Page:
Academic journal article History Review

Gladstone, Disraeli and the Bulgarian Horrors: Mark Rathbone Compares Gladstone's and Disraeli's Differing Approaches to a Crucial Foreign Policy Issue

Academic journal article History Review

Gladstone, Disraeli and the Bulgarian Horrors: Mark Rathbone Compares Gladstone's and Disraeli's Differing Approaches to a Crucial Foreign Policy Issue

Article excerpt

Early in May 1876, a revolt against Turkish rule began in Panagyurishte in Bulgaria. The Turks responded with vicious reprisals in which many Bulgarian men, women and children died. Estimates of the number of victims, reported in newspapers at the time, varied between 10,000 and 25,000. When news of these events arrived in London, the Conservative Prime Minister, Benjamin Disraeli, reacted by casting doubt on the accuracy of the reports, contemptuously describing them as 'coffee-house babble'. When challenged in the Commons in July about the stories of Turkish atrocities, he cast doubt on their veracity, joking that the Turks 'seldom, I believe, resort to torture, but generally terminate their connexion with culprits in a more expeditious manner'. As the Eastern Question Association organised hundreds of meetings, condemning both the atrocities themselves and the government's refusal to condemn them, Disraeli remained unmoved. 'Our duty at this critical moment,' he said in August, 'is to maintain the Empire of England.'

In contrast, the Liberal Leader W.E. Gladstone's sense of moral indignation went into overdrive. Infuriated as much by Disraeli's failure to take the issue seriously as by the Turks' atrocities, the Grand Old Man emerged from the semi-retirement into which he had withdrawn after his election defeat in 1874 to launch a scathing attack on both the Turks and the Conservative government. His booklet on the matter, Bulgarian Horrors and the Question of the East, published by John Murray on 6 September 1876, was a classic piece of political invective.

After condemning the Turks' 'abominable and bestial lusts ... at which Hell itself might almost blush', Gladstone attacked Disraeli's shameless condoning of the atrocities. He went on to urge a fundamental change in British policy: far from propping up the Turkish Empire, Britain should seek to remove the Turks from European soil ('soil soaked and reeking with blood'). Mocking the exotic-sounding titles of Turkish officials, he continued, 'Let the Turks now carry away their abuses in the only possible manner, namely by carrying off themselves. Their Zaptiehs and their Mudirs, their Bimbashis and their Yuzbachis, the Kaimakams and their Pashas, one and all, bag and baggage, shall, I hope, clear out from the province they have desolated and profaned.'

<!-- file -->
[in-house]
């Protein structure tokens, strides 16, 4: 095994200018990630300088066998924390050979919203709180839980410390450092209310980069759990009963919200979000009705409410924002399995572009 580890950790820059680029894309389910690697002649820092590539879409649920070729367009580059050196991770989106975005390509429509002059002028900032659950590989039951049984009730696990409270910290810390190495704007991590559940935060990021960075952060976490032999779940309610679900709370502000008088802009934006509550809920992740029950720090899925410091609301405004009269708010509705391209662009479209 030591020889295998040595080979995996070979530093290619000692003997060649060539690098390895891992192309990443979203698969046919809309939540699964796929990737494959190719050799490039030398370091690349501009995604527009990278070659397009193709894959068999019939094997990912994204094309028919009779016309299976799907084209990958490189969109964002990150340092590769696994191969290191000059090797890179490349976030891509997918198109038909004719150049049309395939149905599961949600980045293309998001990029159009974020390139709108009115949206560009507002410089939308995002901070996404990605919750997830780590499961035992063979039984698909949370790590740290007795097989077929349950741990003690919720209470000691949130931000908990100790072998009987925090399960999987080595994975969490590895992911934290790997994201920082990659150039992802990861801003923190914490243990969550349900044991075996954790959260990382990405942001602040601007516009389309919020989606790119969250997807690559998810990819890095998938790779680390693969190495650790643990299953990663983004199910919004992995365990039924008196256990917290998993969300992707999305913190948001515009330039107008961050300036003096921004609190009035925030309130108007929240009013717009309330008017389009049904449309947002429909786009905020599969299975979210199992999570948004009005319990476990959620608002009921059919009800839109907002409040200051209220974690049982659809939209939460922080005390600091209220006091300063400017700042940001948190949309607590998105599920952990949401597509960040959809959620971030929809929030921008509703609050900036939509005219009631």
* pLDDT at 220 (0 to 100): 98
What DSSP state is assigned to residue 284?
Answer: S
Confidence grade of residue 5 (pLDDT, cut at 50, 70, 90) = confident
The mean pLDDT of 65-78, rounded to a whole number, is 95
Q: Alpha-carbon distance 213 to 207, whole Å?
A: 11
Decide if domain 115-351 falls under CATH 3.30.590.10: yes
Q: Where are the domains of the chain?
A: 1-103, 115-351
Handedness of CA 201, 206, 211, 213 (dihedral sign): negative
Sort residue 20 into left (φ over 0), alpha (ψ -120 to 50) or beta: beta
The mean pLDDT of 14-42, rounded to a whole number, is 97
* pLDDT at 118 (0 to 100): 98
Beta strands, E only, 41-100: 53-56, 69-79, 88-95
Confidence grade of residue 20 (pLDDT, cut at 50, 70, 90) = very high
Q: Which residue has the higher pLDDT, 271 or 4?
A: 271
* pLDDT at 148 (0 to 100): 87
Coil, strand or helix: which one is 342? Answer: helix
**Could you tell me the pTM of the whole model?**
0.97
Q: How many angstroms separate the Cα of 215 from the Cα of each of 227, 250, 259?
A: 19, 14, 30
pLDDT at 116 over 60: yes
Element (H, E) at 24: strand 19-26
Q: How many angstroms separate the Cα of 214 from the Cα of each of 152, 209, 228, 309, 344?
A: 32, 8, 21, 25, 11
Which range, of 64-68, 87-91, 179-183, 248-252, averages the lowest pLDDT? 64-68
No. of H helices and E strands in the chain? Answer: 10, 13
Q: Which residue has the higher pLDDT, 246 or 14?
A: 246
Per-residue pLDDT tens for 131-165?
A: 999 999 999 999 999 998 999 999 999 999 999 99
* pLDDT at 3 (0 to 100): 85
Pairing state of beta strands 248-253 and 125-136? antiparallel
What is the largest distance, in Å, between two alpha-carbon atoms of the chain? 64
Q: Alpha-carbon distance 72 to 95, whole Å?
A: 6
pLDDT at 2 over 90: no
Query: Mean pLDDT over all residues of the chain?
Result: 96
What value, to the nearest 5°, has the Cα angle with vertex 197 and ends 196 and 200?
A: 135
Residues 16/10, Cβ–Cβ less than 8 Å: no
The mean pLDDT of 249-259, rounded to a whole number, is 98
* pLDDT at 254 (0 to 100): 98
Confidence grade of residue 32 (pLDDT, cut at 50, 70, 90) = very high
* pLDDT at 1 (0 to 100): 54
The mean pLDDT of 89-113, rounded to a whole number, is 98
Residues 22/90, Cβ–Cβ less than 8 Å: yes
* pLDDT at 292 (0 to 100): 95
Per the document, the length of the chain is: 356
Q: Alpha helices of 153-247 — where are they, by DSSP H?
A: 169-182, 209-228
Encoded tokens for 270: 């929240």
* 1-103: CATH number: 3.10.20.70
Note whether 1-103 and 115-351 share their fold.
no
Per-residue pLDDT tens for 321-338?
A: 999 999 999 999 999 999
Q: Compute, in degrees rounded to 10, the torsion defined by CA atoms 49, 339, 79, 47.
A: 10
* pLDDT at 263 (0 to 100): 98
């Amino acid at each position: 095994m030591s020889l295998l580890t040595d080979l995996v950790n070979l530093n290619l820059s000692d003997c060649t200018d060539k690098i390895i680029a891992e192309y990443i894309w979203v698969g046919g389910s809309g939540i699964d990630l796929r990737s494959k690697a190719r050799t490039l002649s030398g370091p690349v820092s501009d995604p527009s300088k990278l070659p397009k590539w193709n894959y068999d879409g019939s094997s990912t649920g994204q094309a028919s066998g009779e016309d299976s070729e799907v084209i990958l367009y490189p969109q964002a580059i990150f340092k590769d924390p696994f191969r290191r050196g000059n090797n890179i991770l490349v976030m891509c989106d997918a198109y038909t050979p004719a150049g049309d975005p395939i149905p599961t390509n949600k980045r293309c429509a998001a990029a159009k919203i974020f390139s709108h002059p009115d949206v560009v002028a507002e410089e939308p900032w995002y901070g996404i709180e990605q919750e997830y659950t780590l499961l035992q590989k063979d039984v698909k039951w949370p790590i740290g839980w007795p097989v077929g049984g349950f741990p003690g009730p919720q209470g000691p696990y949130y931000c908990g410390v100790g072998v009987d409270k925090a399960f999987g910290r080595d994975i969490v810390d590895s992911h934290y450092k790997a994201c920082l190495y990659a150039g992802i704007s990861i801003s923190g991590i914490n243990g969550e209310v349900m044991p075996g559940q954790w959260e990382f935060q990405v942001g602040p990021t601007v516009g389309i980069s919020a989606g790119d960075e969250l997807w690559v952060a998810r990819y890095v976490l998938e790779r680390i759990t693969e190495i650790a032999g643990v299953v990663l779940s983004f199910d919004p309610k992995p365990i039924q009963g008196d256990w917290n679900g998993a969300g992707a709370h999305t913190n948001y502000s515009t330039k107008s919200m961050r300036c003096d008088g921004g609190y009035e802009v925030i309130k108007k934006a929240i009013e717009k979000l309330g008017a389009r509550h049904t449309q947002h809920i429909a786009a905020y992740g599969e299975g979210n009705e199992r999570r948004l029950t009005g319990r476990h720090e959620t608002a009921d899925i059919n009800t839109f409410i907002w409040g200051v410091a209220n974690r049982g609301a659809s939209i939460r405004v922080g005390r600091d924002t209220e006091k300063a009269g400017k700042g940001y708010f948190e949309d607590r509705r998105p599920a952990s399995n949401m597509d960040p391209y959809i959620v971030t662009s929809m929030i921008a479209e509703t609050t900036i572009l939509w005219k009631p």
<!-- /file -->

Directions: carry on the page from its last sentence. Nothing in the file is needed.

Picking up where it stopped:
Cynic versus Idealist?

Predictably enough, Disraeli did not respond to Gladstone's call for the removal of the Turks 'bag and baggage' from Bulgaria, but maintained Britain's traditional policy in the region--that of propping up Turkish rule in the Balkan provinces, in order to prevent Russian expansionism, which would upset the balance of power, a concept which had been the cornerstone of British foreign policy ever since 1815. Britain had already fought one war to protect Turkey from Russian attacks--the Crimean War of 1854-56. Disraeli came close to taking Britain to war against Russia a second time, when in January 1878 he ordered a squadron of ships to sail through the Dardanelles to Constantinople, an action condemned by Gladstone as 'an act of war, a breach of international law'. By then Disraeli had already secured a war credit of 6 million [pounds sterling] and in March he ordered the mobilisation of reserves. Even at the Congress of Berlin in June 1878, when negotiations to secure a settlement were temporarily stalled, Disraeli once again risked war by threatening to walk out. He actually ordered his private secretary to order a special train for the departure of the British delegation, a characteristic piece of theatre, designed no doubt to convince the Russians he was not bluffing.

In the event, conflict was avoided and a compromise peace treaty was agreed. The Russians had imposed the Treaty of San Stefano on Turkey in March 1878. This gave Bulgaria independence from Turkey and set its borders very generously, allowing the new nation access not only to the Black Sea but also to the Aegean. …

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